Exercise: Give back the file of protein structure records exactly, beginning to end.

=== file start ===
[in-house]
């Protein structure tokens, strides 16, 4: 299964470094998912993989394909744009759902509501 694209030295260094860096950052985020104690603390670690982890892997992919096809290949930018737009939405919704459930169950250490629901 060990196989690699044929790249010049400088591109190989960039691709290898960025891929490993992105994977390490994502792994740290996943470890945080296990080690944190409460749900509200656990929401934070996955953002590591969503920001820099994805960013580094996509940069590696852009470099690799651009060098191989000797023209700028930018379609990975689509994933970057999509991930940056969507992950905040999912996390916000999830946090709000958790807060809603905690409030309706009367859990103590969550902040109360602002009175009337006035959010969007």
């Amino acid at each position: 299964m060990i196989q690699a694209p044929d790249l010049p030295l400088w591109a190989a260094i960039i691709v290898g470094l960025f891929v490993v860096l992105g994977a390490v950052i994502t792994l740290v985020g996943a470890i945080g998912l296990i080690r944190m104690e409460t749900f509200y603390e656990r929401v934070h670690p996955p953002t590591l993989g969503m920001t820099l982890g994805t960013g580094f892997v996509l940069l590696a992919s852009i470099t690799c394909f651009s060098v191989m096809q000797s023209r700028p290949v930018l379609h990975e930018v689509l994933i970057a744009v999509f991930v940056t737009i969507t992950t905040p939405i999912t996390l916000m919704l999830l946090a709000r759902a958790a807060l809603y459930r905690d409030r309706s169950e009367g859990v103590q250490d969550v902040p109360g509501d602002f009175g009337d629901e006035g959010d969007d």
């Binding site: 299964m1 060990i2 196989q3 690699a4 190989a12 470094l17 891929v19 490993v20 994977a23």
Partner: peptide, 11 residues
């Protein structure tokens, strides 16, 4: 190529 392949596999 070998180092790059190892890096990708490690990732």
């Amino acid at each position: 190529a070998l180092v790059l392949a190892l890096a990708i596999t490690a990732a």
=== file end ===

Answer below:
[in-house]
């Protein structure tokens, strides 16, 4: 299964470094998912993989394909744009759902509501 694209030295260094860096950052985020104690603390670690982890892997992919096809290949930018737009939405919704459930169950250490629901 060990196989690699044929790249010049400088591109190989960039691709290898960025891929490993992105994977390490994502792994740290996943470890945080296990080690944190409460749900509200656990929401934070996955953002590591969503920001820099994805960013580094996509940069590696852009470099690799651009060098191989000797023209700028930018379609990975689509994933970057999509991930940056969507992950905040999912996390916000999830946090709000958790807060809603905690409030309706009367859990103590969550902040109360602002009175009337006035959010969007």
């Amino acid at each position: 299964m060990i196989q690699a694209p044929d790249l010049p030295l400088w591109a190989a260094i960039i691709v290898g470094l960025f891929v490993v860096l992105g994977a390490v950052i994502t792994l740290v985020g996943a470890i945080g998912l296990i080690r944190m104690e409460t749900f509200y603390e656990r929401v934070h670690p996955p953002t590591l993989g969503m920001t820099l982890g994805t960013g580094f892997v996509l940069l590696a992919s852009i470099t690799c394909f651009s060098v191989m096809q000797s023209r700028p290949v930018l379609h990975e930018v689509l994933i970057a744009v999509f991930v940056t737009i969507t992950t905040p939405i999912t996390l916000m919704l999830l946090a709000r759902a958790a807060l809603y459930r905690d409030r309706s169950e009367g859990v103590q250490d969550v902040p109360g509501d602002f009175g009337d629901e006035g959010d969007d």
């Binding site: 299964m1 060990i2 196989q3 690699a4 190989a12 470094l17 891929v19 490993v20 994977a23």
Partner: peptide, 11 residues
């Protein structure tokens, strides 16, 4: 190529 392949596999 070998180092790059190892890096990708490690990732």
């Amino acid at each position: 190529a070998l180092v790059l392949a190892l890096a990708i596999t490690a990732a």